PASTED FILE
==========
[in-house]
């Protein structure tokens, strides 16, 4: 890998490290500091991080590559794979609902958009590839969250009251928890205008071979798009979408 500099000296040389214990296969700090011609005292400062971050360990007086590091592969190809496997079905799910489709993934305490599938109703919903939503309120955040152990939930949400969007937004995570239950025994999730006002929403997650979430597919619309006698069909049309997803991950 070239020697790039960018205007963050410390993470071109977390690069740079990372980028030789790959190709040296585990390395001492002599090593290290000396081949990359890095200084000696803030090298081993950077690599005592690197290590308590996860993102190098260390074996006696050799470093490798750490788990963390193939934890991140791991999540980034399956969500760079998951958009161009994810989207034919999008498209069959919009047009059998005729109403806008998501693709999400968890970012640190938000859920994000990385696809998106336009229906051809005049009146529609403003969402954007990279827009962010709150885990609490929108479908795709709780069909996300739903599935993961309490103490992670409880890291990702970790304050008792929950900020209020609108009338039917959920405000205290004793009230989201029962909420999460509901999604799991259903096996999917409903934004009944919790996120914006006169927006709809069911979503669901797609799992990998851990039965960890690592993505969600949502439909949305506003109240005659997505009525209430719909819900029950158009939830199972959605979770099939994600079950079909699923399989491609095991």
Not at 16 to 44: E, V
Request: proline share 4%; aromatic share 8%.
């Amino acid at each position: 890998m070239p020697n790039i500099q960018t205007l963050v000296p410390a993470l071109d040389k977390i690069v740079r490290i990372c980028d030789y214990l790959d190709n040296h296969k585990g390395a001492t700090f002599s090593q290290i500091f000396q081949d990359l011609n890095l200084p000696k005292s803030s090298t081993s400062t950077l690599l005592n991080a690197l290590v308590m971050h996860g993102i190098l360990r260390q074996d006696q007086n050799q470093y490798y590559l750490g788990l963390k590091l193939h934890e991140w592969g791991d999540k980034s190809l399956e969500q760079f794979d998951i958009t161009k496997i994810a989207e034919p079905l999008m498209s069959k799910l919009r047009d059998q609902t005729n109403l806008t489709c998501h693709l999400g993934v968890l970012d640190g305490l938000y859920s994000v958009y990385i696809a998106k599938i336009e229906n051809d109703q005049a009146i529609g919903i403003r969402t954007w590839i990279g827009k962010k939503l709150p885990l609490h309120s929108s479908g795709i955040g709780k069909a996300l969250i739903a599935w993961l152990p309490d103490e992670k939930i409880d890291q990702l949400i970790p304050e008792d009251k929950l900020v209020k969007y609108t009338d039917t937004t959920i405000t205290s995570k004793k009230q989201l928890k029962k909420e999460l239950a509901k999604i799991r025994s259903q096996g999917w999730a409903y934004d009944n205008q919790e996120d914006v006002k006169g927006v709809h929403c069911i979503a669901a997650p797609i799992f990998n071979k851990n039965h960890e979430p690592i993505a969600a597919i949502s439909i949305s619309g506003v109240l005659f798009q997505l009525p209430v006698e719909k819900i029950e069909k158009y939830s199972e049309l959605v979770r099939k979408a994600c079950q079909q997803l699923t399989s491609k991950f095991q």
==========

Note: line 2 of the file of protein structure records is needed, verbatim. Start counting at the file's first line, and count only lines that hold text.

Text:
């Protein structure tokens, strides 16, 4: 890998490290500091991080590559794979609902958009590839969250009251928890205008071979798009979408 500099000296040389214990296969700090011609005292400062971050360990007086590091592969190809496997079905799910489709993934305490599938109703919903939503309120955040152990939930949400969007937004995570239950025994999730006002929403997650979430597919619309006698069909049309997803991950 070239020697790039960018205007963050410390993470071109977390690069740079990372980028030789790959190709040296585990390395001492002599090593290290000396081949990359890095200084000696803030090298081993950077690599005592690197290590308590996860993102190098260390074996006696050799470093490798750490788990963390193939934890991140791991999540980034399956969500760079998951958009161009994810989207034919999008498209069959919009047009059998005729109403806008998501693709999400968890970012640190938000859920994000990385696809998106336009229906051809005049009146529609403003969402954007990279827009962010709150885990609490929108479908795709709780069909996300739903599935993961309490103490992670409880890291990702970790304050008792929950900020209020609108009338039917959920405000205290004793009230989201029962909420999460509901999604799991259903096996999917409903934004009944919790996120914006006169927006709809069911979503669901797609799992990998851990039965960890690592993505969600949502439909949305506003109240005659997505009525209430719909819900029950158009939830199972959605979770099939994600079950079909699923399989491609095991």